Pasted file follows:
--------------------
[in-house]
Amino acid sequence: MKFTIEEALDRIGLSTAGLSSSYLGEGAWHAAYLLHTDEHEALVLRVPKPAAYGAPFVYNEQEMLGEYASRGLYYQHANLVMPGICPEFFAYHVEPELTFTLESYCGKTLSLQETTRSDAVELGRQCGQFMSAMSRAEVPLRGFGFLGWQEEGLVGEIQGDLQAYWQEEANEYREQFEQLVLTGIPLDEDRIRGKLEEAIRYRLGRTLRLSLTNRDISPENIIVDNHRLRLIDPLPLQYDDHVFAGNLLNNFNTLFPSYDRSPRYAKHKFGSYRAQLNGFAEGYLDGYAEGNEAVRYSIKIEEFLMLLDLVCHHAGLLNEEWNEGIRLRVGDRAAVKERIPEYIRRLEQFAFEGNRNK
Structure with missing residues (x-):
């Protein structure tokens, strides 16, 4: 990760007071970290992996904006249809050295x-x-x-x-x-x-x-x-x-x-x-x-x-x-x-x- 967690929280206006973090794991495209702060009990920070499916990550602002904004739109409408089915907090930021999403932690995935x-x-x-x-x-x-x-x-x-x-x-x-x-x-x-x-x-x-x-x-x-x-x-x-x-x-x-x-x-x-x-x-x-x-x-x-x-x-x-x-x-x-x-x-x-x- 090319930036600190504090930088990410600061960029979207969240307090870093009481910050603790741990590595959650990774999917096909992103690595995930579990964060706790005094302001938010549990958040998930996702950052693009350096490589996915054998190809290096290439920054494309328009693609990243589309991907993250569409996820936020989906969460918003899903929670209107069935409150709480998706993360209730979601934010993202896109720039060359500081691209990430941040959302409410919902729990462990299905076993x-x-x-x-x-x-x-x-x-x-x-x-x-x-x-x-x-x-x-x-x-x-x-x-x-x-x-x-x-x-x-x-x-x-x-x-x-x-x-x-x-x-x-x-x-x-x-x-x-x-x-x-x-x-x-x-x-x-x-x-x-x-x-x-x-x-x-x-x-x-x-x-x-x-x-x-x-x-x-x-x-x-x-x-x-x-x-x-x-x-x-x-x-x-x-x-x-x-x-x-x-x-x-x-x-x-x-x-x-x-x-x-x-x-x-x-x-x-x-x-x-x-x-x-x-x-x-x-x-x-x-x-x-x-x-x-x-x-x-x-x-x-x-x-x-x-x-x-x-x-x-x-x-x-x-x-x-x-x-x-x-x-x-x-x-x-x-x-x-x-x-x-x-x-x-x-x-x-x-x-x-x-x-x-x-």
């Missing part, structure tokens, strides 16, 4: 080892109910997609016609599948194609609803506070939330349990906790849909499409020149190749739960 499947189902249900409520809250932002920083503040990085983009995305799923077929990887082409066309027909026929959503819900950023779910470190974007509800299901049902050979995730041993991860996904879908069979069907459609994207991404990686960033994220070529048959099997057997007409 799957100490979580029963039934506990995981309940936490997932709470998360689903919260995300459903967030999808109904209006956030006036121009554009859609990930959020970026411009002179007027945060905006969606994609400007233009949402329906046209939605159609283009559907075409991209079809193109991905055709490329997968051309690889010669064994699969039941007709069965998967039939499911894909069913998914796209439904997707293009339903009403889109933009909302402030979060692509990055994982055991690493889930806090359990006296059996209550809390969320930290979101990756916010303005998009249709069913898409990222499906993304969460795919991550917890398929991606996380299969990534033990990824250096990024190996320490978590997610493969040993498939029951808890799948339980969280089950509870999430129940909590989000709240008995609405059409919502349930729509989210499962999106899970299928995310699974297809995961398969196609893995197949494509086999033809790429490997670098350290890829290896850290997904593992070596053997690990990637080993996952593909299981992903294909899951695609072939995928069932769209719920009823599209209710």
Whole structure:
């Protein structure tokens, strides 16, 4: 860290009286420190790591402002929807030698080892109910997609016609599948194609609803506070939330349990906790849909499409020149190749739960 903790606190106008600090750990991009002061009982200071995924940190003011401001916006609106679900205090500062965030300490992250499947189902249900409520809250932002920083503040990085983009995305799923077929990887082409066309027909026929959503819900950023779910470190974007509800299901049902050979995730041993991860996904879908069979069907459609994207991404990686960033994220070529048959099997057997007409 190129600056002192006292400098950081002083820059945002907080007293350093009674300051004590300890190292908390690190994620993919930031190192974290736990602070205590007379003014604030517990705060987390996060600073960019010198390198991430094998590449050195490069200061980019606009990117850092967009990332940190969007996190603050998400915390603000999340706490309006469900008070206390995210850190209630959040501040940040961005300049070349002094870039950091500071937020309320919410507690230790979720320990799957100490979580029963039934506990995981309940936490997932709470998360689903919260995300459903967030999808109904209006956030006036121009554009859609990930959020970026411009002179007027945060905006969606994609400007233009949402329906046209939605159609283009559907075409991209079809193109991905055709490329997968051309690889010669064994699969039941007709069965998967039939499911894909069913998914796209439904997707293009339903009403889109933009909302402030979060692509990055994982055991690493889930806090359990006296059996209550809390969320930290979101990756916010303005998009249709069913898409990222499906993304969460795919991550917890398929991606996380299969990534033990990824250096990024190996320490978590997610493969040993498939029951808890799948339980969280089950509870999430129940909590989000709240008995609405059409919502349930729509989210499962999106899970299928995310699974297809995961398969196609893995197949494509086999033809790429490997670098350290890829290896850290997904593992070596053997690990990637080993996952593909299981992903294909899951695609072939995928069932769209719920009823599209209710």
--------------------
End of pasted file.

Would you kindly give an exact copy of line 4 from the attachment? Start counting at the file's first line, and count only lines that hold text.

């Protein structure tokens, strides 16, 4: 990760007071970290992996904006249809050295x-x-x-x-x-x-x-x-x-x-x-x-x-x-x-x- 967690929280206006973090794991495209702060009990920070499916990550602002904004739109409408089915907090930021999403932690995935x-x-x-x-x-x-x-x-x-x-x-x-x-x-x-x-x-x-x-x-x-x-x-x-x-x-x-x-x-x-x-x-x-x-x-x-x-x-x-x-x-x-x-x-x-x- 090319930036600190504090930088990410600061960029979207969240307090870093009481910050603790741990590595959650990774999917096909992103690595995930579990964060706790005094302001938010549990958040998930996702950052693009350096490589996915054998190809290096290439920054494309328009693609990243589309991907993250569409996820936020989906969460918003899903929670209107069935409150709480998706993360209730979601934010993202896109720039060359500081691209990430941040959302409410919902729990462990299905076993x-x-x-x-x-x-x-x-x-x-x-x-x-x-x-x-x-x-x-x-x-x-x-x-x-x-x-x-x-x-x-x-x-x-x-x-x-x-x-x-x-x-x-x-x-x-x-x-x-x-x-x-x-x-x-x-x-x-x-x-x-x-x-x-x-x-x-x-x-x-x-x-x-x-x-x-x-x-x-x-x-x-x-x-x-x-x-x-x-x-x-x-x-x-x-x-x-x-x-x-x-x-x-x-x-x-x-x-x-x-x-x-x-x-x-x-x-x-x-x-x-x-x-x-x-x-x-x-x-x-x-x-x-x-x-x-x-x-x-x-x-x-x-x-x-x-x-x-x-x-x-x-x-x-x-x-x-x-x-x-x-x-x-x-x-x-x-x-x-x-x-x-x-x-x-x-x-x-x-x-x-x-x-x-x-």